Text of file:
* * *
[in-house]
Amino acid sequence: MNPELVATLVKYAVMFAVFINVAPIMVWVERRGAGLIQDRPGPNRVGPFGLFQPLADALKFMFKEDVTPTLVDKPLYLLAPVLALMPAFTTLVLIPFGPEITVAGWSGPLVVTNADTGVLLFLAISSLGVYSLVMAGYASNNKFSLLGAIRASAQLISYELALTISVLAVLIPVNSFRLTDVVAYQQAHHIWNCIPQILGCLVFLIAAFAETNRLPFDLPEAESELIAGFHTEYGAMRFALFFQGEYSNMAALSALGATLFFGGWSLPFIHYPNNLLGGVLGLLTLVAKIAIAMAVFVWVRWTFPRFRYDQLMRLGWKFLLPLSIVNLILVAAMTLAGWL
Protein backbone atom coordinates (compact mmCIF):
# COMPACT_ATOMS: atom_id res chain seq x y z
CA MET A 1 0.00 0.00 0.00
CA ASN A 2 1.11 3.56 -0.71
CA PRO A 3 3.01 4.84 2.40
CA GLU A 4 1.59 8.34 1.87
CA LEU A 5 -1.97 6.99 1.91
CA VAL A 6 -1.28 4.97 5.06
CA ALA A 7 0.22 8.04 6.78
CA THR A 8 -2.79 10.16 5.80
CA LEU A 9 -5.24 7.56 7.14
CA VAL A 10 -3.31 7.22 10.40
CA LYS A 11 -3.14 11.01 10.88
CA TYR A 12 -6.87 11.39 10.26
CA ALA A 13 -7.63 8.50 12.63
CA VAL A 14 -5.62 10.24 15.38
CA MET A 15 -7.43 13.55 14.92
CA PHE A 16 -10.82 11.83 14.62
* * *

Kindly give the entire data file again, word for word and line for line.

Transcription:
[in-house]
Amino acid sequence: MNPELVATLVKYAVMFAVFINVAPIMVWVERRGAGLIQDRPGPNRVGPFGLFQPLADALKFMFKEDVTPTLVDKPLYLLAPVLALMPAFTTLVLIPFGPEITVAGWSGPLVVTNADTGVLLFLAISSLGVYSLVMAGYASNNKFSLLGAIRASAQLISYELALTISVLAVLIPVNSFRLTDVVAYQQAHHIWNCIPQILGCLVFLIAAFAETNRLPFDLPEAESELIAGFHTEYGAMRFALFFQGEYSNMAALSALGATLFFGGWSLPFIHYPNNLLGGVLGLLTLVAKIAIAMAVFVWVRWTFPRFRYDQLMRLGWKFLLPLSIVNLILVAAMTLAGWL
Protein backbone atom coordinates (compact mmCIF):
# COMPACT_ATOMS: atom_id res chain seq x y z
CA MET A 1 0.00 0.00 0.00
CA ASN A 2 1.11 3.56 -0.71
CA PRO A 3 3.01 4.84 2.40
CA GLU A 4 1.59 8.34 1.87
CA LEU A 5 -1.97 6.99 1.91
CA VAL A 6 -1.28 4.97 5.06
CA ALA A 7 0.22 8.04 6.78
CA THR A 8 -2.79 10.16 5.80
CA LEU A 9 -5.24 7.56 7.14
CA VAL A 10 -3.31 7.22 10.40
CA LYS A 11 -3.14 11.01 10.88
CA TYR A 12 -6.87 11.39 10.26
CA ALA A 13 -7.63 8.50 12.63
CA VAL A 14 -5.62 10.24 15.38
CA MET A 15 -7.43 13.55 14.92
CA PHE A 16 -10.82 11.83 14.62